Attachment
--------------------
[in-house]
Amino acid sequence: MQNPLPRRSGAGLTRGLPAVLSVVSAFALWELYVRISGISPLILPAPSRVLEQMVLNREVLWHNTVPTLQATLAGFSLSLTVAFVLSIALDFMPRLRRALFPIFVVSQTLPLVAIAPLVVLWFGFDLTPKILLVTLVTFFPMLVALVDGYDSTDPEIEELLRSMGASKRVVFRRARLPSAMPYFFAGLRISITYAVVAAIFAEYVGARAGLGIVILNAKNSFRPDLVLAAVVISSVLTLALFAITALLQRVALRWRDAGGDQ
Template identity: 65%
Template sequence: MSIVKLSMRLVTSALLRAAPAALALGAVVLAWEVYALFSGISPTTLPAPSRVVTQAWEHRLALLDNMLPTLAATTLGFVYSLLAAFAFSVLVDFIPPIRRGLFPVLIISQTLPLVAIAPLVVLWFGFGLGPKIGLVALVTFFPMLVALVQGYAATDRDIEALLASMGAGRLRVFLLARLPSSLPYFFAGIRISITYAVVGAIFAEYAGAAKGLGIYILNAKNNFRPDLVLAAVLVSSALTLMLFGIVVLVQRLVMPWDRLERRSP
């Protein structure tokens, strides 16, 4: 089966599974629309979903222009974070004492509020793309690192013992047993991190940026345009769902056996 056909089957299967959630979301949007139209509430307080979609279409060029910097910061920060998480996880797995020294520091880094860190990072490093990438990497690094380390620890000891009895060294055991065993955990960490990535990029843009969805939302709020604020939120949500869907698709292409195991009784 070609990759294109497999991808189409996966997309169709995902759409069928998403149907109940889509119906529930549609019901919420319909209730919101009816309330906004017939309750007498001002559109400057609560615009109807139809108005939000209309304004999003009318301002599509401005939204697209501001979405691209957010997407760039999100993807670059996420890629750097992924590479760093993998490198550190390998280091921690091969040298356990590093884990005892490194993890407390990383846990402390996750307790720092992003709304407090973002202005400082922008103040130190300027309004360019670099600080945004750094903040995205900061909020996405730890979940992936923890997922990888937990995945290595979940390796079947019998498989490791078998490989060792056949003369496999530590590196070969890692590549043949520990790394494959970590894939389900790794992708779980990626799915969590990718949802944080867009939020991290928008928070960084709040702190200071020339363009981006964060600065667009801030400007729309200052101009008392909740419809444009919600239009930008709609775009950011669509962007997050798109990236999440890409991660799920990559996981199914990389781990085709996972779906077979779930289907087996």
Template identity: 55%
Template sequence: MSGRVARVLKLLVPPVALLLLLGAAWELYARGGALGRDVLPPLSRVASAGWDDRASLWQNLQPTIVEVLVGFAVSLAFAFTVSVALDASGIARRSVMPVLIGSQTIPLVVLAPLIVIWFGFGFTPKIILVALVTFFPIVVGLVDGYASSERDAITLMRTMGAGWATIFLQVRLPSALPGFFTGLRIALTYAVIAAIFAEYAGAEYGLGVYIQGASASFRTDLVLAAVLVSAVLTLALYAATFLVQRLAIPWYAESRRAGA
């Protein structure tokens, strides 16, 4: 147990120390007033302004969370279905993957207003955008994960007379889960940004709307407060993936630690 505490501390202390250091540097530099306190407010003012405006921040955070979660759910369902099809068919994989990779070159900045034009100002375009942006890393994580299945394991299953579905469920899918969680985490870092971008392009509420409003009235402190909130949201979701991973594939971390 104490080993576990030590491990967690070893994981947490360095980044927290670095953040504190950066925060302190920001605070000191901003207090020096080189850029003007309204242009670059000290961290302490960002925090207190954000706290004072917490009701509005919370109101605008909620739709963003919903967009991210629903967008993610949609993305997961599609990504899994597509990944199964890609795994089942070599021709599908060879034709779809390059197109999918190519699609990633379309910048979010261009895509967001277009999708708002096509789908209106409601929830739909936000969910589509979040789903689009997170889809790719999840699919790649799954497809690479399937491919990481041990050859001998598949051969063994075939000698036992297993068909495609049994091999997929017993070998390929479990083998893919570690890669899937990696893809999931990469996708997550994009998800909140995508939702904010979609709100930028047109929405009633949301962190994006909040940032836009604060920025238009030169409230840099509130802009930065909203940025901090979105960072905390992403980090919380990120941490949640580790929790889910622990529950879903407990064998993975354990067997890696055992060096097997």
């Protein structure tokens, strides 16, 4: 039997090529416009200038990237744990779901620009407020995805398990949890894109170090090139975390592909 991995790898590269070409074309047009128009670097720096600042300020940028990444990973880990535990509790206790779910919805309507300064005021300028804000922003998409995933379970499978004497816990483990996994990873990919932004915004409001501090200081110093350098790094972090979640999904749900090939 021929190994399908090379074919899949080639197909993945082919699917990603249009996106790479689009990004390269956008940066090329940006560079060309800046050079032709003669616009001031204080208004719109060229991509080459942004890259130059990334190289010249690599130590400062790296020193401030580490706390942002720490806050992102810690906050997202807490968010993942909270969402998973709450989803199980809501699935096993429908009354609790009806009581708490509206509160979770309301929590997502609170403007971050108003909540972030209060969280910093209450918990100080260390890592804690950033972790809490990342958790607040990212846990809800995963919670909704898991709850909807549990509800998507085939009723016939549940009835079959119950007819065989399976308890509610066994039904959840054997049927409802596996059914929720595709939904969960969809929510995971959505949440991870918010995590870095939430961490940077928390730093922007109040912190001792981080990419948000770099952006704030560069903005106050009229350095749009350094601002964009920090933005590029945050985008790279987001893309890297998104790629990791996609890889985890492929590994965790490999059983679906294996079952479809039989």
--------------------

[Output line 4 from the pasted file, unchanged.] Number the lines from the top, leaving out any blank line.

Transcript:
Template sequence: MSIVKLSMRLVTSALLRAAPAALALGAVVLAWEVYALFSGISPTTLPAPSRVVTQAWEHRLALLDNMLPTLAATTLGFVYSLLAAFAFSVLVDFIPPIRRGLFPVLIISQTLPLVAIAPLVVLWFGFGLGPKIGLVALVTFFPMLVALVQGYAATDRDIEALLASMGAGRLRVFLLARLPSSLPYFFAGIRISITYAVVGAIFAEYAGAAKGLGIYILNAKNNFRPDLVLAAVLVSSALTLMLFGIVVLVQRLVMPWDRLERRSP